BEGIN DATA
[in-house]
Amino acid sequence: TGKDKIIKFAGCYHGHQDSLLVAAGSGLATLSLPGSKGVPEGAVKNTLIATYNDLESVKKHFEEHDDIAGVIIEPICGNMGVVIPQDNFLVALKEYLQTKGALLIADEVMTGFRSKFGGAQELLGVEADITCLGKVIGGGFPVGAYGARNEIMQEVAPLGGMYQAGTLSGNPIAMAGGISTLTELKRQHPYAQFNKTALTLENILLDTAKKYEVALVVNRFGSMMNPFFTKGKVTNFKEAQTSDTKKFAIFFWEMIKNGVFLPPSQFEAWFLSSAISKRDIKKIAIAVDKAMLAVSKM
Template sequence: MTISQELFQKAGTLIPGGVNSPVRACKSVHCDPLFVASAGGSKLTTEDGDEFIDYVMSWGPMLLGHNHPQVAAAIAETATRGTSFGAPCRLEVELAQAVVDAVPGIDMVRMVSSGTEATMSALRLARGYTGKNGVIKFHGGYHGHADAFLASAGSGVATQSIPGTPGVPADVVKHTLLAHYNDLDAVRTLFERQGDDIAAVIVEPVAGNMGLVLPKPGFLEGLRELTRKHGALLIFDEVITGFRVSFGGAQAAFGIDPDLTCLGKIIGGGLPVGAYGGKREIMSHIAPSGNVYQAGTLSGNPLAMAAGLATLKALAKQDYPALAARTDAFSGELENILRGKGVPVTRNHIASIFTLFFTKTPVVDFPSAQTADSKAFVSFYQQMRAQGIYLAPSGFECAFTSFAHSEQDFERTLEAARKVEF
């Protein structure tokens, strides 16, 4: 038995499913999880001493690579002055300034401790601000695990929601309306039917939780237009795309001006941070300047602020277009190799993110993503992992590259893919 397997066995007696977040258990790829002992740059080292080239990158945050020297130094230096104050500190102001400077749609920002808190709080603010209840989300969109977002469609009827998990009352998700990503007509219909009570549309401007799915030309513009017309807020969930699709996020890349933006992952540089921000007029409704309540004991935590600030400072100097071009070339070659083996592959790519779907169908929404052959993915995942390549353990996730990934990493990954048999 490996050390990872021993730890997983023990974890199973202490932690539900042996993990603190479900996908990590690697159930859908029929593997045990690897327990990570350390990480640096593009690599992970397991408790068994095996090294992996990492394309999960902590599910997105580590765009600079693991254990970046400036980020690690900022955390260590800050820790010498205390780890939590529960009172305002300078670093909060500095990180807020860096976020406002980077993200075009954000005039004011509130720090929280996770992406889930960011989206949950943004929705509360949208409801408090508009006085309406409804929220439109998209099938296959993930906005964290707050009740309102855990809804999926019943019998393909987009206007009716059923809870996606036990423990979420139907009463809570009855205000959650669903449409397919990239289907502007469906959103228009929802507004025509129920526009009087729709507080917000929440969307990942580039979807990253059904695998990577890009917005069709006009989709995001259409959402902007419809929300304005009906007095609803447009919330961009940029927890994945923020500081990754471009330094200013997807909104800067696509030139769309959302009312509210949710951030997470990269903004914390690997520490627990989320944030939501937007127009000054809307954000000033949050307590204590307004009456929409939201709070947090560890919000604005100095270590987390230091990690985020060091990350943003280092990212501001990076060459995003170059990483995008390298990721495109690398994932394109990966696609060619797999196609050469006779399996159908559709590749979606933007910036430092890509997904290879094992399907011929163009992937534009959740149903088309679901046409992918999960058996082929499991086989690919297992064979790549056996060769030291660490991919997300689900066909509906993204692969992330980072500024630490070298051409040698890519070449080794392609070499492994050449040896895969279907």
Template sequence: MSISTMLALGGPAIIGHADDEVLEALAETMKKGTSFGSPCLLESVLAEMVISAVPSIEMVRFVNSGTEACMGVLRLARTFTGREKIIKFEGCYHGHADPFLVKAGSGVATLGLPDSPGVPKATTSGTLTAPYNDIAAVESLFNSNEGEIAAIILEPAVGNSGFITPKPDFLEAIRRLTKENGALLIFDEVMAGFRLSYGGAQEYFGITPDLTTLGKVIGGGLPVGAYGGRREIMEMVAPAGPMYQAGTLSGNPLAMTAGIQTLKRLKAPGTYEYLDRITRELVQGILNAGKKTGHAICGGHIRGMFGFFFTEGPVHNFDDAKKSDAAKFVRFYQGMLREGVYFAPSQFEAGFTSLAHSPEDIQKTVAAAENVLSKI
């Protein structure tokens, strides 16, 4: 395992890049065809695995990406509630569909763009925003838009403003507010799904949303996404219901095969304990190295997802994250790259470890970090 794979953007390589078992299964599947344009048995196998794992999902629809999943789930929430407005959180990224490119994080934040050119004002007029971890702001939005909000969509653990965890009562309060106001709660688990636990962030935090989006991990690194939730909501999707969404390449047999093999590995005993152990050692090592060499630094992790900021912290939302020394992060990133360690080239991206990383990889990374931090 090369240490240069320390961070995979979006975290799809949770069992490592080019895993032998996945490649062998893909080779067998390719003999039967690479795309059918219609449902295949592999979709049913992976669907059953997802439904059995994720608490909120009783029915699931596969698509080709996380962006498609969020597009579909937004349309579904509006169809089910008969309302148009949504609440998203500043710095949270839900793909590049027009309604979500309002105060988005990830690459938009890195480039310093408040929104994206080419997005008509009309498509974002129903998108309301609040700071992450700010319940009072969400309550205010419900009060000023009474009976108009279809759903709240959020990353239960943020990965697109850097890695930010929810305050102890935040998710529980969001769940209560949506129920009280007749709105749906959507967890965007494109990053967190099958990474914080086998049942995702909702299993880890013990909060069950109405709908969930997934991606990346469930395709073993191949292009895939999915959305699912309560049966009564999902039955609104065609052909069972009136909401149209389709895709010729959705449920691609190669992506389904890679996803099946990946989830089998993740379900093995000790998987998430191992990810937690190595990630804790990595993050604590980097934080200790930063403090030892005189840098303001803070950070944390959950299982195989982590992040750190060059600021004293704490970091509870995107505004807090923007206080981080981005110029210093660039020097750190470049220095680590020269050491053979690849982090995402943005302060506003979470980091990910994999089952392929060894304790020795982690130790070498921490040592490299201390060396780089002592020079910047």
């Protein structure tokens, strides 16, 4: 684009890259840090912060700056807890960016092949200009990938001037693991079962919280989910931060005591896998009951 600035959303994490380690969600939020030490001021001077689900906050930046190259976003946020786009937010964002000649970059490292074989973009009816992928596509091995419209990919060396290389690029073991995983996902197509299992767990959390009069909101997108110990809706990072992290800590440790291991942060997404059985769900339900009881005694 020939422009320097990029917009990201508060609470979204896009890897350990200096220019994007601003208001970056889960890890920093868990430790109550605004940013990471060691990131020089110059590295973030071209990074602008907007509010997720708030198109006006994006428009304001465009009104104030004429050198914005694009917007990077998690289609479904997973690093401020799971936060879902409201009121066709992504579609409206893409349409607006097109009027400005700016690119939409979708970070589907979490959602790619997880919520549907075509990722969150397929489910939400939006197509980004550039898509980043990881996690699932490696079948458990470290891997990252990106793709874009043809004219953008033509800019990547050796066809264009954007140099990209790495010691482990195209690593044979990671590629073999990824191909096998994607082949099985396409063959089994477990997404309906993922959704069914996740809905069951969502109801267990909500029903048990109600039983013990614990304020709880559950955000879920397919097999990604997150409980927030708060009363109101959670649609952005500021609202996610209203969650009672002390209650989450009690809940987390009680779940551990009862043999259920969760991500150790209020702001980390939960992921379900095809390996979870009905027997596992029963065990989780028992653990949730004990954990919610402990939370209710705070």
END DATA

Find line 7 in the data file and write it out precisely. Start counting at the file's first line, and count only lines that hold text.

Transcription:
């Protein structure tokens, strides 16, 4: 684009890259840090912060700056807890960016092949200009990938001037693991079962919280989910931060005591896998009951 600035959303994490380690969600939020030490001021001077689900906050930046190259976003946020786009937010964002000649970059490292074989973009009816992928596509091995419209990919060396290389690029073991995983996902197509299992767990959390009069909101997108110990809706990072992290800590440790291991942060997404059985769900339900009881005694 020939422009320097990029917009990201508060609470979204896009890897350990200096220019994007601003208001970056889960890890920093868990430790109550605004940013990471060691990131020089110059590295973030071209990074602008907007509010997720708030198109006006994006428009304001465009009104104030004429050198914005694009917007990077998690289609479904997973690093401020799971936060879902409201009121066709992504579609409206893409349409607006097109009027400005700016690119939409979708970070589907979490959602790619997880919520549907075509990722969150397929489910939400939006197509980004550039898509980043990881996690699932490696079948458990470290891997990252990106793709874009043809004219953008033509800019990547050796066809264009954007140099990209790495010691482990195209690593044979990671590629073999990824191909096998994607082949099985396409063959089994477990997404309906993922959704069914996740809905069951969502109801267990909500029903048990109600039983013990614990304020709880559950955000879920397919097999990604997150409980927030708060009363109101959670649609952005500021609202996610209203969650009672002390209650989450009690809940987390009680779940551990009862043999259920969760991500150790209020702001980390939960992921379900095809390996979870009905027997596992029963065990989780028992653990949730004990954990919610402990939370209710705070």